The curious life of a museum curator

Working as a curator in a museum is an odd job. It is the best job on the planet. But it is like no other I know of. There are an enormous range of daily tasks a curator carries out, and these are not without their quirks. Here are a few oddities museum curators deal with regularly:

Curators are not Indiana Jones

I’ve written about this before in more detail, but no, we are not Indiana Jones. When we introduce ourselves to new people, the response is sometimes ‘oh, just like Indiana Jones.’ This is a common misconception, albeit a rather flattering one. We do see some dangerous action in the field: dozens of beetles and flies on family friendly bug hunts, slipping on jagged rocks when rock pooling. However, some, many, most do not have whips under their beds. Curators do not steal ancient relics from temples (there are laws against those sorts of things). We are just as determined and passionate as Indy, but very different.

 

A museum curator and Indiana Jones. Can you tell the two apart? (Photo left Public Domain. Photo right by author)

 

“You’re Ross from Friends

This is a another common response when a museum curator tells someone what they do. And yes, Ross Geller (played by the excellent David Schwimmer), was a museum curator before becoming a university lecturer in the wonderful sit-com Friends. Ross worked at the fictional Museum of Natural History as a palaeontology curator. His work spanned enormously for a national museum, where his expertise ranged from human evolution to dinosaurs. Ross Geller is the closest thing to a museum personality curators have ever had. To be honest, this isn’t a bad thing. He was pretty cool. Curators can relate to his slightly obsessive geekiness and matter of fact way of thinking. For me, Ross is a legend on screen. As a teen watching Friends his character was actually extremely influential – I could relate to his nerdy, slightly awkward persona. In fact, without Ross Geller I wouldn’t have thought about a career in museums.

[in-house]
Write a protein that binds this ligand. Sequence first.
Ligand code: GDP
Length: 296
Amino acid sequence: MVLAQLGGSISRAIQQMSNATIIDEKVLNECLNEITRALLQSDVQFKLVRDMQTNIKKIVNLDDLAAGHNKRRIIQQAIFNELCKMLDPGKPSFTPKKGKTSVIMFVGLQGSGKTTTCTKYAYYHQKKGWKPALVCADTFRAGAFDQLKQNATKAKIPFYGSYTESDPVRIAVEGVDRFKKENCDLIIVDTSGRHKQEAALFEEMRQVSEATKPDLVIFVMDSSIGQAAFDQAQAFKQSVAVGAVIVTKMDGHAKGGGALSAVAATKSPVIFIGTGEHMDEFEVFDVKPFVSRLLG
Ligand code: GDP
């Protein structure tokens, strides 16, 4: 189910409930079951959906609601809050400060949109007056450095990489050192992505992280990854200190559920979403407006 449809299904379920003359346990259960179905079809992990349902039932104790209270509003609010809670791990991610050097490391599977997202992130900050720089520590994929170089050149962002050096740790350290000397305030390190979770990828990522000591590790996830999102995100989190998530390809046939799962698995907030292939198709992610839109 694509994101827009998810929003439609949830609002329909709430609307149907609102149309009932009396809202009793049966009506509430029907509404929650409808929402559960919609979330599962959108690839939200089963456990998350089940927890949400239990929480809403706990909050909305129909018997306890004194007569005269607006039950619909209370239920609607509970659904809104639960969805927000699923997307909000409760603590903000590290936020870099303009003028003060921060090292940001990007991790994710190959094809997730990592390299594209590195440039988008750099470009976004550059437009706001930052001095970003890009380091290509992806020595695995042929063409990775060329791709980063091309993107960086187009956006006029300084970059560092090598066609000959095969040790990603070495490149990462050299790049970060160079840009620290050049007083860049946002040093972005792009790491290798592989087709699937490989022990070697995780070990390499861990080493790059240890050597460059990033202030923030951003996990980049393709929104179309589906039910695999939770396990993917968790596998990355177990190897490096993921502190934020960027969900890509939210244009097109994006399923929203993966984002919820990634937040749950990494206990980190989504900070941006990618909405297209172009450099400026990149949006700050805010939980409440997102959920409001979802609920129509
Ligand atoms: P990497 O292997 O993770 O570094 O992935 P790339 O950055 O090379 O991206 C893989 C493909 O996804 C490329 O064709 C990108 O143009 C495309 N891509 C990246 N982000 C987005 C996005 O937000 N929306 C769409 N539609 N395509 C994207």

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NatSCA Digital Digest – September

(Image from the collections at Plymouth City Museum and Art Gallery)

What  should I read?

Love the posters at this years NatSCA conference? Want to read and admire them in more detail? You can! Read them with pleasure at your leisure, because they are now all available free to look at!

Did you know there were ten different species of mammoth? A long read over your lunch time, spanning 5 million years in fact, visiting some very big and some very small mammoths!

A great piece by Mark Carnall, Life Collections Manager at Oxford University Museum of Natural History , looking at rudely shaped rocks! A fun piece with giants, owls and very early palaeontology.

What do you call woodlice?

Just one of the many species of woodlice. Or is that roly poly, or sow bug, or …. (Image by Franco Filini, Public Domain)

A little map of woodlice names was shared on BBC’s Springwatch blog earlier this week. It has led to dozens more names of woodlice. Jan Freedman (that’s me!) is gathering up names and wants to update the map, so do get in touch if you know of any historic references or names.

What can I see?

The Dinosaurs of China exhibition at Wollaton Hall is on until the end of October. Visit beautiful grounds with deer, and explore some truly magnificent creatures in the exhibition, from the time of the dinosaurs.